I haven’t posted anything about Casey Anthony trial. I’d pretty much like to keep it that way because, really, I don’t know anything about the case. On the other hand, I know there’s a long and painful history of laws like this:
FOR IMMEDIATE RELEASE
July 6, 2011
Contacts: Michelle Crowder, “Caylee’s Law” petition-starter, 918-289-8479 (CDT)
Brian Purchia, Director of Communications, email@example.com, 202-253-4330 (PDT)
Rebecca Buckwalter-Poza, Campaign Director, firstname.lastname@example.org, 919-423-4783 (EDT)
CAMPAIGN TO CREATE “CAYLEE’S LAW” GOES VIRAL
Oklahoma woman calls for parents who fail to notify police of missing child to be charged with felony; more than 37,000 supporters join in less than 24 hours
WASHINGTON, DC – More than 37,000 people in all 50 states have joined a Change.org campaign calling for a federal law — called “Caylee’s Law” — that would make the failure of a parent to notify law enforcement of a child’s disappearance a felony.
Casey Anthony was found “not guilty” of first-degree murder or manslaughter on Tuesday in the case of her two-year-old daughter Caylee’s death. One of the central controversies of the case has been the fact that Anthony never notified law enforcement that her daughter was missing. Caylee was last seen on June 16, 2008; grandmother Cindy Anthony notified the police on July 15, a month later.
After hearing the verdict and seeing a Facebook page response, Oklahoman Michelle Crowder started a Change.org petition asking Congress to create “Caylee’s Law,” making it a federal offense and a felony for a parent or guardian to fail to report a child’s disappearance to law enforcement.
Nearly 2,000 people have signed the “Caylee’s Law” petition each hour since its creation, making it the fastest-growing campaign on Change.org.
“When I saw that Casey Anthony had been found not guilty in the murder of little Caylee, and that she was only being convicted of lying to the police about her disappearance, I was sickened; I could not believe she was not being charged with child neglect or endangerment, or even obstruction of justice,” said petition-starter Michelle Crowder.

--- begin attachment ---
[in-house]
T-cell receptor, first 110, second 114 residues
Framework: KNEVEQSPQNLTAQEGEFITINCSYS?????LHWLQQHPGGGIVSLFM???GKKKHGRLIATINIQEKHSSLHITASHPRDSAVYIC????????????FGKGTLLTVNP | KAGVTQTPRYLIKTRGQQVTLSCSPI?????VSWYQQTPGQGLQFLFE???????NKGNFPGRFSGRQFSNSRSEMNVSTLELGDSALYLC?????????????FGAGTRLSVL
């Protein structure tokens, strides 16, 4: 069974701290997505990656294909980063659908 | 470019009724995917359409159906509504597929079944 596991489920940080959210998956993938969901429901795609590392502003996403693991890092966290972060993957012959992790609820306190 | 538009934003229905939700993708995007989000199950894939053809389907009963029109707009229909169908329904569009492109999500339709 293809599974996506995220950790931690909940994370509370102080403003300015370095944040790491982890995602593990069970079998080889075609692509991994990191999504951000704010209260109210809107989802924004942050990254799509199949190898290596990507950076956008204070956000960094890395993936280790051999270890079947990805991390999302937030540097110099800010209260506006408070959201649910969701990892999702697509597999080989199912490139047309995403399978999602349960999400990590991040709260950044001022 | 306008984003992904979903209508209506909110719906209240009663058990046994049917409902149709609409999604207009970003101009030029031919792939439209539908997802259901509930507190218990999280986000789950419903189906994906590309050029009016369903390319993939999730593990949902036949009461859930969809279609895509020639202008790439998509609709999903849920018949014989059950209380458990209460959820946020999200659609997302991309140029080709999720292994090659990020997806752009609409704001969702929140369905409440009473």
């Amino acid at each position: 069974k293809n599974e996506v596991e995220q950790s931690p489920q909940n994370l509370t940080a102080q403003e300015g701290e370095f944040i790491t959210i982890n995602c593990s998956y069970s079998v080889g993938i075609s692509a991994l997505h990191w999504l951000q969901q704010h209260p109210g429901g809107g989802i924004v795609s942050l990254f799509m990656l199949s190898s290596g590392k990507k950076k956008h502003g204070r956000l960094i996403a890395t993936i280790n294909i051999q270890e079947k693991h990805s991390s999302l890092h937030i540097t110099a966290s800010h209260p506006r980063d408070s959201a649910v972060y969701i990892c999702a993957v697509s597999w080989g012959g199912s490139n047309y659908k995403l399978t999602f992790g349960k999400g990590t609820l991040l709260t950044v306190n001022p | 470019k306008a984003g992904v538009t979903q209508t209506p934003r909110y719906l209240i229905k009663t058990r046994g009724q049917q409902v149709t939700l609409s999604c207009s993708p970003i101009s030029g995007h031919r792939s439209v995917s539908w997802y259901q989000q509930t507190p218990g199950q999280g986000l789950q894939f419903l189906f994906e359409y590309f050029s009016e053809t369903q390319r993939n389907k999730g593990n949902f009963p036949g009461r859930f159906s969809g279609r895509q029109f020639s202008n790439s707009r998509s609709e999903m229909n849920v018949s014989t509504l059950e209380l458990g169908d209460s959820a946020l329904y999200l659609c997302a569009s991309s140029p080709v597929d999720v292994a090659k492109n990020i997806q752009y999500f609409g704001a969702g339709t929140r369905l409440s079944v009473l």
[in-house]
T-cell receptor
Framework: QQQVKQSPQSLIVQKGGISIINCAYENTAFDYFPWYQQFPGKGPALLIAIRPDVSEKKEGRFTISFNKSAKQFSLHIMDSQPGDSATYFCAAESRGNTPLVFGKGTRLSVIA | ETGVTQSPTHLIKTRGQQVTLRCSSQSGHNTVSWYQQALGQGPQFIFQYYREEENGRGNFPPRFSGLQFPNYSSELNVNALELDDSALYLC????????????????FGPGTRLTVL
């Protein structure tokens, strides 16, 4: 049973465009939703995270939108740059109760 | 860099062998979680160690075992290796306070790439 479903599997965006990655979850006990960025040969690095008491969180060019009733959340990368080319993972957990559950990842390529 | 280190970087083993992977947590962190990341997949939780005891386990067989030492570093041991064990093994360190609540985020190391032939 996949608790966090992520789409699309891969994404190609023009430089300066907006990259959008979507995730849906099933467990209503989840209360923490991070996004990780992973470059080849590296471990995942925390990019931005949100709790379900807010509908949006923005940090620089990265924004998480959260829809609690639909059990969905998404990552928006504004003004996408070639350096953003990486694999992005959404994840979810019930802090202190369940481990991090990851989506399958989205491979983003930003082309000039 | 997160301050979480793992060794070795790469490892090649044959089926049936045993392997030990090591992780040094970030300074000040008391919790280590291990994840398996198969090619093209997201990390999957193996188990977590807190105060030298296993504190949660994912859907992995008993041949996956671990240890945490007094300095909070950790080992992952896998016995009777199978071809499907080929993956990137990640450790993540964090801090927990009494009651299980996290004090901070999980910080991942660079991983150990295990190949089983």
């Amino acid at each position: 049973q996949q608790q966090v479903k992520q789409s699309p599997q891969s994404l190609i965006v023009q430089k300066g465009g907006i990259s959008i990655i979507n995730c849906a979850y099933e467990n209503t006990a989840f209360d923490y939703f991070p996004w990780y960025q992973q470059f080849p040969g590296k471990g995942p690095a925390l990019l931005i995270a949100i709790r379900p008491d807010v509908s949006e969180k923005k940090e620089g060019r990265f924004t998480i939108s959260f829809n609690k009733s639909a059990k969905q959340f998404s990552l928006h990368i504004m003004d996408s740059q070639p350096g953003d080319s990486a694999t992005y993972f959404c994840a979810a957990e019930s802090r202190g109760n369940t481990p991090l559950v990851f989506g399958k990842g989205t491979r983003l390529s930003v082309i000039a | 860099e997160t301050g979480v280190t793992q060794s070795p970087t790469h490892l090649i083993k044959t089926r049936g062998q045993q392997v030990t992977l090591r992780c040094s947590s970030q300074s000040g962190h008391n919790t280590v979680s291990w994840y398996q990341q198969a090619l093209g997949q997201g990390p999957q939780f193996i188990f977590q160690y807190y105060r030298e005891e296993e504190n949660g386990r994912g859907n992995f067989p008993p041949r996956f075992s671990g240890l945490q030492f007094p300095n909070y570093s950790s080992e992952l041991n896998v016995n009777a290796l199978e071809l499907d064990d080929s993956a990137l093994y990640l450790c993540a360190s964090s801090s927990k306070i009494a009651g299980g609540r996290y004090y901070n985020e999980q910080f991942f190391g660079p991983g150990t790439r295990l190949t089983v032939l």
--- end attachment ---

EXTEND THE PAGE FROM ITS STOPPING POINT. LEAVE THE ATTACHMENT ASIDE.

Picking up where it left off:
“I saw a page on Facebook proposing that a law be made, but I saw nothing about a petition being started for it. So, I decided to start one on Change.org because I have signed several petitions on the site and I knew it would be a way to reach people and hopefully get something done.”
Michelle continued, “I am hoping that this will be made into a federal law so that no other child’s life, disappearance, and/or death is treated in the manner that poor Caylee’s was treated. No child deserves that.”
“There is extensive debate about this issue, and this campaign has been remarkable,” said Change.org founder Ben Rattray. “In less than 24 hours, a woman in Oklahoma has recruited tens of thousands of supporters for her cause. Change.org is about empowering anyone, anywhere, to take action on the issues that are important to them, and it is the perfect platform for this record-breaking campaign.”
Live signature totals from the “Caylee’s Law” petition on Change.org:
Facebook page that prompted Michelle to start the Change.org campaign:
Facebook page tied to Michelle’s Change.org petition:
(I’ve left all the links in the press release so you can see the startling amount of self-promotion involved. Most of those links that appear to lead to a news story — e.g. “thousands of supporters” or “record-breaking campaign” lead right back to the Change.org petition page.)
You don’t have to follow news about our criminal justice system for very long to know that laws named after (alleged) crime victims are often just legislative theater (“Behold! I have done something about this problem!”), in which case they are usually a poorly-written overreaction to a single incident, and they usually do more harm than good.
Here’s the text of the petition:
Create Caylee’s Law, Not Reporting Child’s Death Should Be a Felony
On July 5, 2011, at 1:15 pm CST, Casey Anthony was found not guilty of first degree murder in the death of her daughter Caylee Anthony. The only charges she now faces are four counts of falsifying police reports, each of which only carries a 1 year prison term. Since she has been in jail since August 2008, she will be out of jail ENTIRELY too soon.
I’m writing to propose that a new law be put into effect making it a felony for a parent, legal guardian, or caretaker to not notify law enforcement of the death of their child, accidental or otherwise, within 1 hour of said death being discovered. This way there will be no more cases like Casey Anthony’s in the courts, and no more innocent children will have to go without justice.
Also, make it a felony for a parent, legal guardian, or caretaker to not notify law enforcement of the disappearance of a child within 24 hours, so proper steps can be taken to find that child before it’s too late.
The case of Caylee Anthony was tragic, and there is no reason for another case like this one to hit the courts. Let’s do what is necessary to prevent another case like this from happening.